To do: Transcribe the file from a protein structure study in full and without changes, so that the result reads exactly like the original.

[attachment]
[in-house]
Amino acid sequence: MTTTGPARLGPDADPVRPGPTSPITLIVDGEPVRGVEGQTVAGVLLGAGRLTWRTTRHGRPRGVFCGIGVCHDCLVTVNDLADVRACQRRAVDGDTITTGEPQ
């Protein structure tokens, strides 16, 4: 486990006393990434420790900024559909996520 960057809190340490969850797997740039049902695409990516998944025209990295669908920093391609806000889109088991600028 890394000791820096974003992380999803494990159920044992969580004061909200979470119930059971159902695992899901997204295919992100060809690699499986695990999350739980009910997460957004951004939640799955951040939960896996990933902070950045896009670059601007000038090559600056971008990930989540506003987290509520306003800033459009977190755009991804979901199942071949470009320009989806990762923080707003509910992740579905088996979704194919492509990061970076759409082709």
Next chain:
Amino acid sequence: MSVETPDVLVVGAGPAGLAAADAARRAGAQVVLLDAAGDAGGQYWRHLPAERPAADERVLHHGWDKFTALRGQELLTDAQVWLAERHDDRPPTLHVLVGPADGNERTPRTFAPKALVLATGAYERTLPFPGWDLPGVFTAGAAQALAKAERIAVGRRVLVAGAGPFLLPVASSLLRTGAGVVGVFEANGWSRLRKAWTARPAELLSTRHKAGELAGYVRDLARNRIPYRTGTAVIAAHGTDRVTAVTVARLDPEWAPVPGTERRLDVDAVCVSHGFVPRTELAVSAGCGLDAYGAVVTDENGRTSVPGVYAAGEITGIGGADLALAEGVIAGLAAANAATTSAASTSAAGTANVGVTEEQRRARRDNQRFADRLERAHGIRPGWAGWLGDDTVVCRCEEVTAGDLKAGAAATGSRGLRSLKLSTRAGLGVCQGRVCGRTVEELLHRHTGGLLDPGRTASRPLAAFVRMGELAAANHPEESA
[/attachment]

[in-house]
Amino acid sequence: MTTTGPARLGPDADPVRPGPTSPITLIVDGEPVRGVEGQTVAGVLLGAGRLTWRTTRHGRPRGVFCGIGVCHDCLVTVNDLADVRACQRRAVDGDTITTGEPQ
């Protein structure tokens, strides 16, 4: 486990006393990434420790900024559909996520 960057809190340490969850797997740039049902695409990516998944025209990295669908920093391609806000889109088991600028 890394000791820096974003992380999803494990159920044992969580004061909200979470119930059971159902695992899901997204295919992100060809690699499986695990999350739980009910997460957004951004939640799955951040939960896996990933902070950045896009670059601007000038090559600056971008990930989540506003987290509520306003800033459009977190755009991804979901199942071949470009320009989806990762923080707003509910992740579905088996979704194919492509990061970076759409082709």
Next chain:
Amino acid sequence: MSVETPDVLVVGAGPAGLAAADAARRAGAQVVLLDAAGDAGGQYWRHLPAERPAADERVLHHGWDKFTALRGQELLTDAQVWLAERHDDRPPTLHVLVGPADGNERTPRTFAPKALVLATGAYERTLPFPGWDLPGVFTAGAAQALAKAERIAVGRRVLVAGAGPFLLPVASSLLRTGAGVVGVFEANGWSRLRKAWTARPAELLSTRHKAGELAGYVRDLARNRIPYRTGTAVIAAHGTDRVTAVTVARLDPEWAPVPGTERRLDVDAVCVSHGFVPRTELAVSAGCGLDAYGAVVTDENGRTSVPGVYAAGEITGIGGADLALAEGVIAGLAAANAATTSAASTSAAGTANVGVTEEQRRARRDNQRFADRLERAHGIRPGWAGWLGDDTVVCRCEEVTAGDLKAGAAATGSRGLRSLKLSTRAGLGVCQGRVCGRTVEELLHRHTGGLLDPGRTASRPLAAFVRMGELAAANHPEESA